Checking out was my way of being selfish. When I reflect on how I was before, it’s hard for me to understand how I could purposefully miss so much. That’s exactly what I did, purposefully miss so much of my marriage. Events in my sons’ lives that seemed small at the time but seem gigantic now. Thinking about those specific times, I feel like an outsider. Around sometimes but never fully there. Just on the periphery. Watching but not participating. Missing all the important moments.
As I think about many of those times now, I can’t for the life of me understand how pursuing personal gratification was more important than my wife or my boys. The list of events I missed is long. The number of things I was physically present for and mentally absent is much much longer. A lot of those times I remember from photos but the actual memories are a blur. Like I saw a snippet of a video but didn’t really see the whole thing. I have the Cliff’s notes version of parts of my memories.
I am reminded of what I have missed by those that were present. My wife and I are remodeling a house and preparing to move. We were pulling out old pictures and came upon some from my oldest son’s junior year. It was when he had a lead role in his high school play. I made it back for the performance after having revealed to my wife and sons that I wanted to leave them. My wife let me know that I could come home if I would walk away from that affair partner. I took the way out and ran towards home. Only I still wasn’t completely present.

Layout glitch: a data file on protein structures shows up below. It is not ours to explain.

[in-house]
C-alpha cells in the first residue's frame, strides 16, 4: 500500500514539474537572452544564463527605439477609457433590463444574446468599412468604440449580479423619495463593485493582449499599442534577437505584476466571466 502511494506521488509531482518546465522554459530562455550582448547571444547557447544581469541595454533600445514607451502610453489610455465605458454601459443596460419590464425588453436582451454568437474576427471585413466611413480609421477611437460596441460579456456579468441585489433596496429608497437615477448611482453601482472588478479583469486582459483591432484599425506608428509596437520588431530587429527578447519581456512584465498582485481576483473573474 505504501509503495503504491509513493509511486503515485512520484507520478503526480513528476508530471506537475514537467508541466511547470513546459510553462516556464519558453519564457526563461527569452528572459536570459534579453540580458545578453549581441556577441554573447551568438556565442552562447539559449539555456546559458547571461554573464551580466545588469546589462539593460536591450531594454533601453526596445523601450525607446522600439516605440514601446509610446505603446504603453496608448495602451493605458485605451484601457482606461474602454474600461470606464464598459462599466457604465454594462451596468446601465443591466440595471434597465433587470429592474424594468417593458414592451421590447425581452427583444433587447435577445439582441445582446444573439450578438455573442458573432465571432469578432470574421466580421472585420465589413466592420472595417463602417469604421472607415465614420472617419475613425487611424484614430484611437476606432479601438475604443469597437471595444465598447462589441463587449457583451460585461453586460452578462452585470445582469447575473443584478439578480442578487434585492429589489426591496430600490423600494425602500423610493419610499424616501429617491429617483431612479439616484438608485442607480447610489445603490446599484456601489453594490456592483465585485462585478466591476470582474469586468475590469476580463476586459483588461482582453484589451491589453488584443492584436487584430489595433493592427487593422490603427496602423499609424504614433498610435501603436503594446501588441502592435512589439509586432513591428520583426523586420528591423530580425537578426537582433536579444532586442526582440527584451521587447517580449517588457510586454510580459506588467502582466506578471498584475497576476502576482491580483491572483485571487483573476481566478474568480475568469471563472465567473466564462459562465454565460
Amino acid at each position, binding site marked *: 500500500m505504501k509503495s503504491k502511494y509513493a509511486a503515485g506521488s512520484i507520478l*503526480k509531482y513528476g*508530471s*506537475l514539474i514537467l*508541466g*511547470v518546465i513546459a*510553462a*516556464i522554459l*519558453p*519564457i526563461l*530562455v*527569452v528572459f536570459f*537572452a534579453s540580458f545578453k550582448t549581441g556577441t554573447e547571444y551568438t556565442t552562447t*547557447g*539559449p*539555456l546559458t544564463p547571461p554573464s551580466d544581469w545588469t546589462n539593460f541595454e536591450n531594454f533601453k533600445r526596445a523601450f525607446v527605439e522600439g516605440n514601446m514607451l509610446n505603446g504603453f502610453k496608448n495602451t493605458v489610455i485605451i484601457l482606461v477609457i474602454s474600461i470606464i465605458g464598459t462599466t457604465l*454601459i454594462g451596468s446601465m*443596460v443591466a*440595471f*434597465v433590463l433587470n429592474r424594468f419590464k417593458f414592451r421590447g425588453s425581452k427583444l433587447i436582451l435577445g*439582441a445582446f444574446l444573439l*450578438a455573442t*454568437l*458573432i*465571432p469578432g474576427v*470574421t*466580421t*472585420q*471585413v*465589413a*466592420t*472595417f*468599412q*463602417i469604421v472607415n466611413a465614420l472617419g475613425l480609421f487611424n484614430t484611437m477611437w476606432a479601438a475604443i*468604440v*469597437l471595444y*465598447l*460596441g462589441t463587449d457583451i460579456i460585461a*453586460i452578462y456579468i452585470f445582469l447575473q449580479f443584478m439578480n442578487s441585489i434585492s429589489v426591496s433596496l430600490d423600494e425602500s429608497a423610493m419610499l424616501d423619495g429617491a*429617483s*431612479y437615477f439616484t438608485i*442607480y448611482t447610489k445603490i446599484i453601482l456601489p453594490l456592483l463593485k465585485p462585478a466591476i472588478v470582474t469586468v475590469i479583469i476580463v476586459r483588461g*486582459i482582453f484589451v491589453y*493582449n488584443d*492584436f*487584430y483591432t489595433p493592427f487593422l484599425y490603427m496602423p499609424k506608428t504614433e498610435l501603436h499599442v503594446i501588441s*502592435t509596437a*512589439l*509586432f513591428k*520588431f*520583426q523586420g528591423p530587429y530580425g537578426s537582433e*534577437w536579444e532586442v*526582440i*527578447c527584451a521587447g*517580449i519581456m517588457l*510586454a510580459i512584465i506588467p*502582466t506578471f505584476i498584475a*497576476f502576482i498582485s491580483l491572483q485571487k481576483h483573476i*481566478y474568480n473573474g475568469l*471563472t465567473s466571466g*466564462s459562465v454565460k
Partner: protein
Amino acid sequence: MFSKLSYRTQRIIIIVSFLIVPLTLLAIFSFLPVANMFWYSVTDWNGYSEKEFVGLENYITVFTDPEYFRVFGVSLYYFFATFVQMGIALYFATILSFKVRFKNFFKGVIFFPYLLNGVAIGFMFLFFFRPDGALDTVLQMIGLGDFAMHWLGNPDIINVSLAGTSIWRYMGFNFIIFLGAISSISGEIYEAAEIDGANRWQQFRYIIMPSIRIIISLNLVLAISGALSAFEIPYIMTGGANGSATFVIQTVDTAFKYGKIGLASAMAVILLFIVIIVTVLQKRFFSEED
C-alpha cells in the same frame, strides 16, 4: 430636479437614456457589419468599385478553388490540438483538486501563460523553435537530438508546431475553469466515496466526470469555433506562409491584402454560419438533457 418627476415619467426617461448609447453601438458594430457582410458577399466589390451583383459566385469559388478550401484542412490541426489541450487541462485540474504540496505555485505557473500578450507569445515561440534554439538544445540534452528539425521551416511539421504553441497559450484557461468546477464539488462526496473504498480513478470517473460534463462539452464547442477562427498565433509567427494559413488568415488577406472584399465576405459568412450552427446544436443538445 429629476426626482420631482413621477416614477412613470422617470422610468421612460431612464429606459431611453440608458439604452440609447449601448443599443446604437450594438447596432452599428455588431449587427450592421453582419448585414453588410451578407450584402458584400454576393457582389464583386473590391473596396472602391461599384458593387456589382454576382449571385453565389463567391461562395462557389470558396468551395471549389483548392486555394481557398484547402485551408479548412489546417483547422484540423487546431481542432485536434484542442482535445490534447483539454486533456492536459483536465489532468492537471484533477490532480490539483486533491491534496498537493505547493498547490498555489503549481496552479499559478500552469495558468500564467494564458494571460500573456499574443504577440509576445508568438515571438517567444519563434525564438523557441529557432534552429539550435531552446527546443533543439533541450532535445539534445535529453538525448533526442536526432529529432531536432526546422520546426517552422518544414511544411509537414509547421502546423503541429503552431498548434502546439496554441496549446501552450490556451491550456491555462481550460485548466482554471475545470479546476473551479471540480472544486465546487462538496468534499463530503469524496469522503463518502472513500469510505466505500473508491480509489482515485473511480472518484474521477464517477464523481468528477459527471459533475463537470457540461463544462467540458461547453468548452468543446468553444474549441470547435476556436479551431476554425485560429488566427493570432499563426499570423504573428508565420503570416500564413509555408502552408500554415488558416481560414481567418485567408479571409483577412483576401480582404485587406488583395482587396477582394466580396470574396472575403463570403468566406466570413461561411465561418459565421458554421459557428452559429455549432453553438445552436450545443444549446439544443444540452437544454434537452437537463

My oldest son saw the picture and the look on his face. He commented how painful that time was. How justified he and his brother were for hating me during that time. Later, I realized how much he hated me. In that picture, during that moment, I had no idea. Looking at his face in that photo now, I see the pain and hurt at one of the most important times in his life. That pain and hurt is ingrained in his expression because of me. I feel like throwing up just thinking about it and what I did to him.
My youngest son likes to go to Starbucks for coffee, really because he likes getting out of the house and driving. He is graduating from high school this year. Any time he asks me to ride with him, I go. We were recently driving when a song came on the radio. He got very quiet. I didn’t understand what was going on. He immediately turned off the music, which is very unlike him. I asked him what was going on.
“I can’t listen to that song,” he said.
“Why not,” I asked? “What’s wrong with it?”
“Don’t you remember it,” he asked?
“No, I don’t. Should I?”
“It was popular when you and Mom were fighting so much. Right after you came back home.”
Ugh. I could see the lines at the corners of his mouth turning down. The stress across his brow. The pain that hadn’t dissipated from four years prior. Still just under the surface.
“I know you and I have talked a lot about that time. I just want you to know again how sorry I am for how I hurt you and your brother and especially your Mom. Nothing can excuse that. I am so sorry.”
“I know,” he said.
“You and I also talked about how I could make amends to you. The only way I know how is to be a good Dad, be present, and always tell you the truth. Is there anything else I can do,” I asked?
“No, just do that. Be honest. Tell me the truth. And be here.”
COVID-19 and the results of a global pandemic have been overwhelming to so many people. Sickness, death, job loss, economic hardship, food shortages, isolation. The effects are still being meted out on all of us. As I search through the circumstances of now and look for how God can use this for His benefit, the one area I see is the ability to be present. In the midst of all of this, I have been allowed to spend so much time with my wife and kids. Even as they are out of the house or about to be out, they have both been staying with us through this. I can’t even quantify how incredible this time has been with them.
Keith B. NotUnknown.com
Thank you God for giving me an opportunity to be present.